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Alarming Situation: Sugar has Addiction as Alcohol or Cocaine

INTERVIEW - According to Serge Ahmed, director of research at the French Institute, the abundance of products very rich in added sugars exposes us to a real risk of addiction.

Serge Ahmed. - Absolutely. We must remember what the two kinds of addiction are, one with substance, and the other without, that is to say behavioral - like addiction to video games, compulsive shopping, etc. In both cases, the central element concerns the loss of self-control, which must be identified according to a series of diagnostic criteria.

For example, the compelling, overpowering and intrusive desire to consume a substance. Either the desire or the persistent efforts to end or limit consumption - a criterion very often present. Or the fact of consuming more than desired: for example, for alcohol, it is the person saying that he will drink one or two glasses, and who ultimately drops two to three bottles. To come back to sugar, we check all these criteria.

How many of these sugar addicts are there?

In France, I am not aware of studies estimating the frequency of this addiction on a population scale. But in the United States, Canada or Germany, where such work has been carried out, sugar addiction would affect 5 to 10% of people.

How is sugar addiction different from other types of addiction?
The difference is due to the diagnostic criteria: the more they are, the more the dependence is pronounced. An addiction is judged to be weak when it ticks two to three criteria, moderate from four to five criteria, and severe when six or more criteria are present. For sugar, as well as for alcohol or tobacco, the majority of those affected have a moderate addiction. The question of withdrawal is an important element: going without sugar is incommensurate with withdrawal from alcohol or opiates, but it can vary depending on the individual.
Most importantly, our studies and many others have shown that sugar has as great an addictive potential as that of the most addictive drugs in humans - alcohol, cocaine, heroin, methamphetamine, etc. We now know that chronic and prolonged consumption of sugar causes - as with other drugs - lasting biological changes in the brain.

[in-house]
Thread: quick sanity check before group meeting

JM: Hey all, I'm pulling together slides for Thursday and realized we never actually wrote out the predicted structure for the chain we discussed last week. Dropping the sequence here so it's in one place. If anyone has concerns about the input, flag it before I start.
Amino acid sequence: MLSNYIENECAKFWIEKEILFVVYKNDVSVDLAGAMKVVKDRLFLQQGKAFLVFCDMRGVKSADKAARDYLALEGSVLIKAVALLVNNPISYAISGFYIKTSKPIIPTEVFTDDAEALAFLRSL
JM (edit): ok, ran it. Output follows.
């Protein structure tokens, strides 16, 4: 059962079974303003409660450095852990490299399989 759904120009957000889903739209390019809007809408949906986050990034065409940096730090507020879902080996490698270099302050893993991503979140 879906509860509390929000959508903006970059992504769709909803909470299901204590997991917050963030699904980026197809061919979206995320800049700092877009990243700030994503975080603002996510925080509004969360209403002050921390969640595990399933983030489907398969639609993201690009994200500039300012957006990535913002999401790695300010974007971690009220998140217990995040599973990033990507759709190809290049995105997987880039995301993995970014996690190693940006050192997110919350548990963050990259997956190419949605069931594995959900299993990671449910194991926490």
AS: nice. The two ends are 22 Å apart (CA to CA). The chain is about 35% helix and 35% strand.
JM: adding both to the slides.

How did we understand that sugar was a problematic substance?

The awareness of the problem dates back to around ten years. The obesity epidemic has been found to be linked to a dramatic change in the food environment, with the abundance of industrial products high in added sugars - including sodas. And one then suspected a loss of addictive control in some of the sugar over consumers. With several tracks to explain it.
In nature, where our human species has evolved, we find fruits that contain little sugar, while the industry allows us to produce highly concentrated products. Our body is not prepared for these high doses, and we can draw a parallel with the emergence of alcoholism, which dates from the invention of strong alcohols, or the addiction to cocaine, absent in time of consumption of coca leaves.

In addition, our body is not able to optimally metabolize sugar in liquid form, that offered in products of the food industry. Finally, there is no "fat and sweet" in nature. However, this association creates a powerful taste stimulus: a neuroimaging study has just shown that sugar coupled with fat amplifies the activation signal of the reward circuit in our brain.

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